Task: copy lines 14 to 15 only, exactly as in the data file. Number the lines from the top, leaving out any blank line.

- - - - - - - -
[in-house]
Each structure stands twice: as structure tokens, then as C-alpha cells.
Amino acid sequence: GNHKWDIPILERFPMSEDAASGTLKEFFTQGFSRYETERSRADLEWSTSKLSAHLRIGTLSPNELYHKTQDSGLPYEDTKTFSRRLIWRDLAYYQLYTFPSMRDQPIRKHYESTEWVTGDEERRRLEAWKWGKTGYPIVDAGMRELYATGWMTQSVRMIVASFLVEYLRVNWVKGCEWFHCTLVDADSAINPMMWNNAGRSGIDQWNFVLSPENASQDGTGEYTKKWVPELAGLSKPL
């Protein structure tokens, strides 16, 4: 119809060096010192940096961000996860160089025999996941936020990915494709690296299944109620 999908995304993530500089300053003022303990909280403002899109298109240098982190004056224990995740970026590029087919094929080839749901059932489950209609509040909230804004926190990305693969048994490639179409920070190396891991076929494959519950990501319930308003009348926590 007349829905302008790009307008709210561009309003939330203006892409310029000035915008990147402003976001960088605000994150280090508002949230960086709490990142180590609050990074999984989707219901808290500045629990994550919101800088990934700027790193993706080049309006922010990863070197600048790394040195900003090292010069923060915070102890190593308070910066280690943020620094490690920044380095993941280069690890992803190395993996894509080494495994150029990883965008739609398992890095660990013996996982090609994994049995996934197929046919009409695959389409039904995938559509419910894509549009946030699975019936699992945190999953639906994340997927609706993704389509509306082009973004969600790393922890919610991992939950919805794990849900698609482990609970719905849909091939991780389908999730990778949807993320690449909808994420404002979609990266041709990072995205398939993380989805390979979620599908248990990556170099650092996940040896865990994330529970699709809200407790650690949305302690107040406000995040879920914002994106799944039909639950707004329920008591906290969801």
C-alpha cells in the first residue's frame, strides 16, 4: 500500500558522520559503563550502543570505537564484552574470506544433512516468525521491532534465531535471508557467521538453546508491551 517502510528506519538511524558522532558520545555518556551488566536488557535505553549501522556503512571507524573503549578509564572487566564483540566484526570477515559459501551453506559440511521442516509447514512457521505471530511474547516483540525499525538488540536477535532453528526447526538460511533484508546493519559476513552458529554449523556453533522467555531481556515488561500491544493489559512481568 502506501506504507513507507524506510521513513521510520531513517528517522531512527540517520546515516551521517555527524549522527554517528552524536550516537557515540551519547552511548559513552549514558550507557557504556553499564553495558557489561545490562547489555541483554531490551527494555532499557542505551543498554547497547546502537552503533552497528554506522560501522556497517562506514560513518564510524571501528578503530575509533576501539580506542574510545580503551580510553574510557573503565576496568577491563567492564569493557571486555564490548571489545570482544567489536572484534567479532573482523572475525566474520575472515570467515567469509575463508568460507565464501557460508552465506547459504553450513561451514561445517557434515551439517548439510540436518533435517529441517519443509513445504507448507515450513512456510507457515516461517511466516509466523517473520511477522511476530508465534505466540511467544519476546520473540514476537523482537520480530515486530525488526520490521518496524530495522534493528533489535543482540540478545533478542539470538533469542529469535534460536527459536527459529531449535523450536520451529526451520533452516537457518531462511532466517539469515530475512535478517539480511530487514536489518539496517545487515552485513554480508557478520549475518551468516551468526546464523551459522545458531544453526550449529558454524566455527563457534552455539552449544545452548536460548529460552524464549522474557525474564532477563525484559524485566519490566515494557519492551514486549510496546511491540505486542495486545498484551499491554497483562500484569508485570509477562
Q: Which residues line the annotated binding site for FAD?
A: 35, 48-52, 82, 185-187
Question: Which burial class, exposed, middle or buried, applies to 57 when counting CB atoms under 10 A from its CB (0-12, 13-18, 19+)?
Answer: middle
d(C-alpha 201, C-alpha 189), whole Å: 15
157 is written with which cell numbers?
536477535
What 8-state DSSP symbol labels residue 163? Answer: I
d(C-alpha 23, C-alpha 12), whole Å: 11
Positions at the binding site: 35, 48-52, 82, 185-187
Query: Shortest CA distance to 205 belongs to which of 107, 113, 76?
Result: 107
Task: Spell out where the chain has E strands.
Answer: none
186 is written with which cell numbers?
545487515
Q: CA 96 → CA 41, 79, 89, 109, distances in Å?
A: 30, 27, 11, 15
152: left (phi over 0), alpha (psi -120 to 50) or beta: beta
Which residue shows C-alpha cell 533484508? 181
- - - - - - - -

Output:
d(C-alpha 23, C-alpha 12), whole Å: 11
Positions at the binding site: 35, 48-52, 82, 185-187